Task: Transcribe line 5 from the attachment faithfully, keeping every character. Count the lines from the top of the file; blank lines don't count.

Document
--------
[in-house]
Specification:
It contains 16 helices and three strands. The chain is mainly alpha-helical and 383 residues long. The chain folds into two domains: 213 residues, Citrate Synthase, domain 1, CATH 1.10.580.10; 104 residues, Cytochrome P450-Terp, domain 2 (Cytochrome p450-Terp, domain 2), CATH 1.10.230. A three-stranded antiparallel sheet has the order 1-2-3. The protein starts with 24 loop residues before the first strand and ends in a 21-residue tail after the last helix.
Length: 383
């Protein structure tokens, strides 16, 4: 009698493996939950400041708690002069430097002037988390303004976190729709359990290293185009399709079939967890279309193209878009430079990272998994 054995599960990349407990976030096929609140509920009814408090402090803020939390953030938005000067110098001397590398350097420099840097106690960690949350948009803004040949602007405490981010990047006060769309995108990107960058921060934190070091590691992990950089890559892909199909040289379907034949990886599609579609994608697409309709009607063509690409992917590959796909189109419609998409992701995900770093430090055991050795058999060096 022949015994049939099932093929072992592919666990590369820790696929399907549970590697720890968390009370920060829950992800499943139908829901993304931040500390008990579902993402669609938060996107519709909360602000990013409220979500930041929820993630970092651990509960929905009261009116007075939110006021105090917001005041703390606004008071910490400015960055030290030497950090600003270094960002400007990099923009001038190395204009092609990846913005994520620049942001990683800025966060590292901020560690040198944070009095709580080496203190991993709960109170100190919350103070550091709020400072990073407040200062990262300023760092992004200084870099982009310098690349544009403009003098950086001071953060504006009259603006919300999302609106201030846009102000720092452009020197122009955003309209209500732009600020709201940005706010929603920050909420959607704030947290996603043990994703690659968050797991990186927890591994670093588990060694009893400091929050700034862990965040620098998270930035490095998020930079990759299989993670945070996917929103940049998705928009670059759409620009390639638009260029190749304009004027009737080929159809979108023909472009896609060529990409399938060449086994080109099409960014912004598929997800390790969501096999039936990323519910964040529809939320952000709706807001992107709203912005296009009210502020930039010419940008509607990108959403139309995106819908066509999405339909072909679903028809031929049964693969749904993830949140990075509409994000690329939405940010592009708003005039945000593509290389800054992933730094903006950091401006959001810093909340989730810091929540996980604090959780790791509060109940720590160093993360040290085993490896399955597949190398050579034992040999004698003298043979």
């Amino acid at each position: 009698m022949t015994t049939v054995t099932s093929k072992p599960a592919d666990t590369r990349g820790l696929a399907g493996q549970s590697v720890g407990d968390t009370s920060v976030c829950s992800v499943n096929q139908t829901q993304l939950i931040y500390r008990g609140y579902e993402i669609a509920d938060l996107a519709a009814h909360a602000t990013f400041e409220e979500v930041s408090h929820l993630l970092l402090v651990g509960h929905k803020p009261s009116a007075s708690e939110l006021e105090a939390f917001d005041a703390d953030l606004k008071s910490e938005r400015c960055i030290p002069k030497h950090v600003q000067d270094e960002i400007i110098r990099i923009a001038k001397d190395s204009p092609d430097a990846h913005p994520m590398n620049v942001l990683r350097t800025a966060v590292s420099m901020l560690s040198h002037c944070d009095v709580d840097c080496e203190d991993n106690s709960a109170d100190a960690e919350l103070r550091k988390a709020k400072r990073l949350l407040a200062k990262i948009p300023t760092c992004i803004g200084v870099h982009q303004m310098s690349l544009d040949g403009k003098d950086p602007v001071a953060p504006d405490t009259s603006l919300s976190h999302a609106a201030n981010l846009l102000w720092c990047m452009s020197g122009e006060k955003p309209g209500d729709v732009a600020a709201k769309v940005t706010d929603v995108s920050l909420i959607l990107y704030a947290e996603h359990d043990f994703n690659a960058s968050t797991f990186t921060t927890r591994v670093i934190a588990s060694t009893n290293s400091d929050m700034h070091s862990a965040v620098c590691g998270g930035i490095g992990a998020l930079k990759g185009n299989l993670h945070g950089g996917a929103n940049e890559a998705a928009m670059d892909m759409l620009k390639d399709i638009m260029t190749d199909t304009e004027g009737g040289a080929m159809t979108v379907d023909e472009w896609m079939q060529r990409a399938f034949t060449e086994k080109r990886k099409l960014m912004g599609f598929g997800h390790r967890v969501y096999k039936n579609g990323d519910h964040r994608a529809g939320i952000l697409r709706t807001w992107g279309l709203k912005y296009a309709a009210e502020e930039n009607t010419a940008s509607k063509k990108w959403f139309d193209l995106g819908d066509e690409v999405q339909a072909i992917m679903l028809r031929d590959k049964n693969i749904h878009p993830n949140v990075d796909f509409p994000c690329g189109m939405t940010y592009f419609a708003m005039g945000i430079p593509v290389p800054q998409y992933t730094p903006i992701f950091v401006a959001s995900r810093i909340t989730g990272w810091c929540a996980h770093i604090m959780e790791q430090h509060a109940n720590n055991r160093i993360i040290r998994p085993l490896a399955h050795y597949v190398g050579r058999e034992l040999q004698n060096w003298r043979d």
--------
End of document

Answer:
């Protein structure tokens, strides 16, 4: 009698493996939950400041708690002069430097002037988390303004976190729709359990290293185009399709079939967890279309193209878009430079990272998994 054995599960990349407990976030096929609140509920009814408090402090803020939390953030938005000067110098001397590398350097420099840097106690960690949350948009803004040949602007405490981010990047006060769309995108990107960058921060934190070091590691992990950089890559892909199909040289379907034949990886599609579609994608697409309709009607063509690409992917590959796909189109419609998409992701995900770093430090055991050795058999060096 022949015994049939099932093929072992592919666990590369820790696929399907549970590697720890968390009370920060829950992800499943139908829901993304931040500390008990579902993402669609938060996107519709909360602000990013409220979500930041929820993630970092651990509960929905009261009116007075939110006021105090917001005041703390606004008071910490400015960055030290030497950090600003270094960002400007990099923009001038190395204009092609990846913005994520620049942001990683800025966060590292901020560690040198944070009095709580080496203190991993709960109170100190919350103070550091709020400072990073407040200062990262300023760092992004200084870099982009310098690349544009403009003098950086001071953060504006009259603006919300999302609106201030846009102000720092452009020197122009955003309209209500732009600020709201940005706010929603920050909420959607704030947290996603043990994703690659968050797991990186927890591994670093588990060694009893400091929050700034862990965040620098998270930035490095998020930079990759299989993670945070996917929103940049998705928009670059759409620009390639638009260029190749304009004027009737080929159809979108023909472009896609060529990409399938060449086994080109099409960014912004598929997800390790969501096999039936990323519910964040529809939320952000709706807001992107709203912005296009009210502020930039010419940008509607990108959403139309995106819908066509999405339909072909679903028809031929049964693969749904993830949140990075509409994000690329939405940010592009708003005039945000593509290389800054992933730094903006950091401006959001810093909340989730810091929540996980604090959780790791509060109940720590160093993360040290085993490896399955597949190398050579034992040999004698003298043979």